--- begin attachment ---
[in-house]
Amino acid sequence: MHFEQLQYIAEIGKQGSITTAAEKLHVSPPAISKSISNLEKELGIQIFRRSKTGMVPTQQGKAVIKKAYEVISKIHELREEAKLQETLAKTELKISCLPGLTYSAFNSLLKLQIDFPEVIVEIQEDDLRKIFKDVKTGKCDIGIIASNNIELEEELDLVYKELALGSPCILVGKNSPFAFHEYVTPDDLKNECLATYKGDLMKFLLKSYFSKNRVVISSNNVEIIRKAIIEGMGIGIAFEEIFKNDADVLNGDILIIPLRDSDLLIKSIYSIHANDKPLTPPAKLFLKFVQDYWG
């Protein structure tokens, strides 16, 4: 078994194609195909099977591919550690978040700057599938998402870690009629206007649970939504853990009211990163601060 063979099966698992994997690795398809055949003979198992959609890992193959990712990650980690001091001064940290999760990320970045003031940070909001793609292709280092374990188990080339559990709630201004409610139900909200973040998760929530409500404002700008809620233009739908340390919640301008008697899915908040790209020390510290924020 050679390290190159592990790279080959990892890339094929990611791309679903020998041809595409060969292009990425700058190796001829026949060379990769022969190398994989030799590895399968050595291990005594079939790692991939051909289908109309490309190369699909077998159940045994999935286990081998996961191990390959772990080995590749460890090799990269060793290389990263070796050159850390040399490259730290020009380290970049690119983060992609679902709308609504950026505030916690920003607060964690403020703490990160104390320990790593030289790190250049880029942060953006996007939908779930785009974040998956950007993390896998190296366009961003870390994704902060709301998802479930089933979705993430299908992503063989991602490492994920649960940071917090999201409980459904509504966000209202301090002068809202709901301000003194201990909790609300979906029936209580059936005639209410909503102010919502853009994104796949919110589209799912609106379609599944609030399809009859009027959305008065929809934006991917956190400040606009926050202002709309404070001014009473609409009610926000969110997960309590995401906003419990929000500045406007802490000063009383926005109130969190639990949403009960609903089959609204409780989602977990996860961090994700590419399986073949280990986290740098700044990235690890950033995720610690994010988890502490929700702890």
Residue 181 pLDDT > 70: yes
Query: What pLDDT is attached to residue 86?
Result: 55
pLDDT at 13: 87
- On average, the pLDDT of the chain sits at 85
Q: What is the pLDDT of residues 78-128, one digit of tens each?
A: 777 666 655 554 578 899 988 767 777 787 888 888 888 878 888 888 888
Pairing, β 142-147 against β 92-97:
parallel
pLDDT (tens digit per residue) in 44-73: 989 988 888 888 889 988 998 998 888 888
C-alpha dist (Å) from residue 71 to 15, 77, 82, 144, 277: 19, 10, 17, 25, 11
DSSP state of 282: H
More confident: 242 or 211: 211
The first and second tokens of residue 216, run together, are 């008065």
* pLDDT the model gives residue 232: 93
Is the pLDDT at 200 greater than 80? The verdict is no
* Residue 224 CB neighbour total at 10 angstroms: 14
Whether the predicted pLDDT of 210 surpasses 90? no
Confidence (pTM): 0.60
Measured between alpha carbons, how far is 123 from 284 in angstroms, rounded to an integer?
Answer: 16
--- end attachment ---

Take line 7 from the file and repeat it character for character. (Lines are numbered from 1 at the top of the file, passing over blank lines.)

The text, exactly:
pLDDT at 13: 87